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Do Dachshunds Shed?

Yes – dachshunds do shed. There are three coat types (wire-haired, smooth, and long), and they all shed varying amounts.

The AKC considers dachshunds to be moderate shedders. However, it is far less noticeable than double-coated breeds of the same size.

Do they shed a lot?

Generally speaking, dachshunds do not shed a lot. Compared to double-coated breeds of the same size, like the Pug or Beagle, they shed significantly less.

Are Dachshunds Hypoallergenic?

Dachshunds are not hypoallergenic. It’s often assumed that people are allergic to shedding hair, when in fact, it’s the loose pet dander that causes allergic reactions.

Dachshunds inherently release less dander due to their smaller size, but may still cause a reaction.

Urine and saliva may also cause an allergic reaction.

See the full list of dog breeds that don’t shed.

Factors That Affect Dachshund Shedding and Dander

Shedding and dander are affected by several factors, including coat type, seasonal changes, age, stress, and diet.

We’ll look at the three coat types first:

  • Short / Smooth
  • Long Haired
  • Wire Haired

Smooth Coats

Smooth dachshund shedding is low to moderate.

It depends on your specific dog. Some smooths barely shed, while others shed significantly.

Yellow-Red Smooth Coat Dachshund

Long Haired Coats

Long haired dachshunds have a lot more undercoat, and undercoat hairs are responsible for most of the shedding.

Longs are moderate shedders but can be high depending on the dog and season.

Long Haired Dachshund
Long Haired Dachshund

Wire Haired

Wire haired dachshunds are low shedders. Their bristly hairs are typically hand stripped and don’t tend to freely release.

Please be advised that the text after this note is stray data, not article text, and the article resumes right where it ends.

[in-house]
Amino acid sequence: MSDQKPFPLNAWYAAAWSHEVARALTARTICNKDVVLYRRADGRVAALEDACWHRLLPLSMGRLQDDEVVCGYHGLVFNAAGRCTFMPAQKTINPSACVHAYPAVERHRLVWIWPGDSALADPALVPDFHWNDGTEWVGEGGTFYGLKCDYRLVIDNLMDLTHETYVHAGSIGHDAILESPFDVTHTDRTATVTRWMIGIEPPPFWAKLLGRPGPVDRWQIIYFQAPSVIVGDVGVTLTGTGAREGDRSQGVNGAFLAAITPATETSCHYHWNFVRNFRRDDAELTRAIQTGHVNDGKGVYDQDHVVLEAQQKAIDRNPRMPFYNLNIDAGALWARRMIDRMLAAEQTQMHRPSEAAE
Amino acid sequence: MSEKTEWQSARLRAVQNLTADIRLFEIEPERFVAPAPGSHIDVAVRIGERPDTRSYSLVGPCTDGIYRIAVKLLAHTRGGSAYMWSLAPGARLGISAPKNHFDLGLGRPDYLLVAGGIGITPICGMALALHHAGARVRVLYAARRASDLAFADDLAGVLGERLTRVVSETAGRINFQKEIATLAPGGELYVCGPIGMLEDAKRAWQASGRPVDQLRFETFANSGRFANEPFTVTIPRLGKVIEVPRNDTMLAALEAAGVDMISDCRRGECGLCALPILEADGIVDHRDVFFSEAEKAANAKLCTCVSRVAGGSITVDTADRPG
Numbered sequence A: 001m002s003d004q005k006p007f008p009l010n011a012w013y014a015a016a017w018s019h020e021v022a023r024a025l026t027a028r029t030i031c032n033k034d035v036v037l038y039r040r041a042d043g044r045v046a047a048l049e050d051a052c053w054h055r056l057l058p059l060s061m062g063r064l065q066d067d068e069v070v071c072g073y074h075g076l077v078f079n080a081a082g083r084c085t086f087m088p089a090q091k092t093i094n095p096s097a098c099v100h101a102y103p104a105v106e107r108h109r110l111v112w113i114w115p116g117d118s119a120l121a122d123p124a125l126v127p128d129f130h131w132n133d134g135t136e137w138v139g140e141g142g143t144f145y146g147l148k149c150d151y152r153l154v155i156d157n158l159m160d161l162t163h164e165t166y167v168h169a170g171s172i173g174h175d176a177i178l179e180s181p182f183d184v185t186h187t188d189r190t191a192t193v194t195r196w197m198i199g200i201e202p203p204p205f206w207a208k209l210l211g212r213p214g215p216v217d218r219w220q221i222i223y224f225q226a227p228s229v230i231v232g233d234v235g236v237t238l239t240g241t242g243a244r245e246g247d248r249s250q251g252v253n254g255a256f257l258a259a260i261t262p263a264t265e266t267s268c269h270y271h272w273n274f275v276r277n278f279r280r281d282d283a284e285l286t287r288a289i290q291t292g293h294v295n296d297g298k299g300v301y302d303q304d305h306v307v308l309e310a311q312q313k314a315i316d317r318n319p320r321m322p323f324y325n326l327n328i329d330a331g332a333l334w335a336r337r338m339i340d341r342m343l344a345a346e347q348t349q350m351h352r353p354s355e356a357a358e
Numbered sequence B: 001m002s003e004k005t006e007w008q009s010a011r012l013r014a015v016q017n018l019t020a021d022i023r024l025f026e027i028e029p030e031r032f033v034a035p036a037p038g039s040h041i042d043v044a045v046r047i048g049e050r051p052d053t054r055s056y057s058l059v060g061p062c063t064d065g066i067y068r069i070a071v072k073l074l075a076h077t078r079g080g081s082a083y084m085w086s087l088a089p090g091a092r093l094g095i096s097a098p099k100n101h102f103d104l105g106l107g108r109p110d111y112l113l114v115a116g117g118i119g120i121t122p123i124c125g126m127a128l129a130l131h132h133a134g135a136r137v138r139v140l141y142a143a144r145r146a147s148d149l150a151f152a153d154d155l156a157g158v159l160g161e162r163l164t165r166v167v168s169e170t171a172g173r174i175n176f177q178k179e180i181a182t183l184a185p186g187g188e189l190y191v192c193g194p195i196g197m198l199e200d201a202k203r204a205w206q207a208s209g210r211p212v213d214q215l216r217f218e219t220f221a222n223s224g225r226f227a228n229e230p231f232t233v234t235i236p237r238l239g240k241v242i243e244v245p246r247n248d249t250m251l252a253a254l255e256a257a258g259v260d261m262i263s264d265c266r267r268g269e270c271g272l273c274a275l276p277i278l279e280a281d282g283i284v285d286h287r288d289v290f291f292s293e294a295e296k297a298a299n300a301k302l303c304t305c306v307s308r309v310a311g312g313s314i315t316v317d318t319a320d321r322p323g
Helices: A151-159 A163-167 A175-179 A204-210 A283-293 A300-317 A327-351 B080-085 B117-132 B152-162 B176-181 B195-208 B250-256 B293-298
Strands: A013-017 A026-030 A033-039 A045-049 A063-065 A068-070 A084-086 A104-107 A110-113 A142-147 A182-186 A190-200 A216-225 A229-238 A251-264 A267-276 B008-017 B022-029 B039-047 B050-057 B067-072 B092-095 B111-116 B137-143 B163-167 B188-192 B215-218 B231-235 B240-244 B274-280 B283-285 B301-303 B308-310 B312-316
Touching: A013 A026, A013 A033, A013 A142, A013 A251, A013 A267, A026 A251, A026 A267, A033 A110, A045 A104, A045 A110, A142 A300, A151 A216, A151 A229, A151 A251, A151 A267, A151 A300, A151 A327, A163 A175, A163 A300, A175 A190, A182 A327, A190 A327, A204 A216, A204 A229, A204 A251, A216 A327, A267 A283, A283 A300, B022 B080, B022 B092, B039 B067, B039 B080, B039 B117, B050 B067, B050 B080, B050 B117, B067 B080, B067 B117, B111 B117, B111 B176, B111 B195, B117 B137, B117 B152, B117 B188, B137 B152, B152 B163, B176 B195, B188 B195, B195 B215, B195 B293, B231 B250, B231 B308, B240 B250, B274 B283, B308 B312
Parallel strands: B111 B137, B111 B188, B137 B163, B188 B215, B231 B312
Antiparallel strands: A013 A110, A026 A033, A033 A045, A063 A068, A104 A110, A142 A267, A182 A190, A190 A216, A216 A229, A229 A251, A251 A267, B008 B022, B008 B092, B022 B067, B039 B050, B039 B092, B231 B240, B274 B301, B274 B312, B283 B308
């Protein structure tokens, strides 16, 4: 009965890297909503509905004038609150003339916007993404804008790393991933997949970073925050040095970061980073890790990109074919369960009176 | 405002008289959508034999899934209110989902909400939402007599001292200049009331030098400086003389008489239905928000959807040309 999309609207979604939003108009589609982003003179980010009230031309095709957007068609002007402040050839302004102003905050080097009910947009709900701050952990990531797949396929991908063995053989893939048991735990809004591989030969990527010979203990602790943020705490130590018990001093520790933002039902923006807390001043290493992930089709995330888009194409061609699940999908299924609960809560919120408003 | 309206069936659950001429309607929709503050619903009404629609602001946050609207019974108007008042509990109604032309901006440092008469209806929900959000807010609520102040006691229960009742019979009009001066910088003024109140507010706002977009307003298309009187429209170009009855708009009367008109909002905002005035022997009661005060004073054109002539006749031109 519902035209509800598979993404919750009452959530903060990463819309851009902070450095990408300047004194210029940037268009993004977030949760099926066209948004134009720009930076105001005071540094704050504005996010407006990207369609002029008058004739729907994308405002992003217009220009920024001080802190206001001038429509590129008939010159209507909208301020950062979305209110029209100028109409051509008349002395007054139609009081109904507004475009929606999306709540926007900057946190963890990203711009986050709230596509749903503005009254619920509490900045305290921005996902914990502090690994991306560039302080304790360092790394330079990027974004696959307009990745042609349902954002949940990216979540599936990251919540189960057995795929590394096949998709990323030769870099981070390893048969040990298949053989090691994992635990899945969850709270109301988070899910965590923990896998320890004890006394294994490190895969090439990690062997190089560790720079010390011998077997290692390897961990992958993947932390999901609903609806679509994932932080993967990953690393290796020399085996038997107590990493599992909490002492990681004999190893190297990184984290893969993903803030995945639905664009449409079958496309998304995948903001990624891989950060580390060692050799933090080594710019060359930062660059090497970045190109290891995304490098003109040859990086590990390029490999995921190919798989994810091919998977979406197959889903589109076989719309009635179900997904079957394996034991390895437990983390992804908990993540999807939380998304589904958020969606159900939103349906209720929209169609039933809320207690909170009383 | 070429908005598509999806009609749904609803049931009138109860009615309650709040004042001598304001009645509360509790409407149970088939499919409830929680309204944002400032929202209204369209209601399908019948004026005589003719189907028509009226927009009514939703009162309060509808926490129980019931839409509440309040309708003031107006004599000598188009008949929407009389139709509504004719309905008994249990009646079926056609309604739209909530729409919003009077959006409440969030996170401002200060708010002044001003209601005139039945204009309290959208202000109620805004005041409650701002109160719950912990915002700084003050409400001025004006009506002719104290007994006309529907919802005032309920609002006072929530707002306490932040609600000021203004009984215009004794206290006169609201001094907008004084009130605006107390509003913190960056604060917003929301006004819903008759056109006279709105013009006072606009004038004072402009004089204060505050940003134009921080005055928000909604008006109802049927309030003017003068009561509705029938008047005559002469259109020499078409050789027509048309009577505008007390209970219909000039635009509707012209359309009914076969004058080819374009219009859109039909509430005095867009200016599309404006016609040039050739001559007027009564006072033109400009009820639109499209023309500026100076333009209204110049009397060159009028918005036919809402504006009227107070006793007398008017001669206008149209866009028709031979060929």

While there is no hard evidence, allergy sufferers report that they are less reactive to wire-haired dogs.

miniature wirehaired dachshund

Seasonal Changes

As the days become shorter and winter approaches, a dog’s coat will naturally respond to daylight and begin to grow thicker for the colder weather.

This means that their old summer hairs will be pushed out to make way for new hair, resulting in a significant increase in shedding during the fall season for a few weeks.

Conversely, as the days get longer in the spring, dogs shed their winter coat as it is no longer needed.

This shedding process is commonly known as “blowing out” their coat and happens every spring season.

You’ll certainly notice this more with long haired dachshunds.


As dogs age, their skin loses some of its elasticity, causing loose hairs to release more easily.

Furthermore, older dogs are lazier, so their hair isn’t naturally being released while running around outside or playing.


Dogs tend to shed more when they are stressed, just like humans.

If a dog is nervous when visiting the vet, you may notice them shedding excessively.

You can help them cope by giving them a little extra affection during a stressful period.

If the area of stress is not obvious, then you’ll need to discover the source of anxiety and remove it. It could be related to some unseen pain or illness, disturbing noises, or new people or pets in your home.

Diet and Hydration

A dog’s skin and coat are susceptible to the impact of nutritional deficiencies, which is why it’s crucial to monitor their food intake.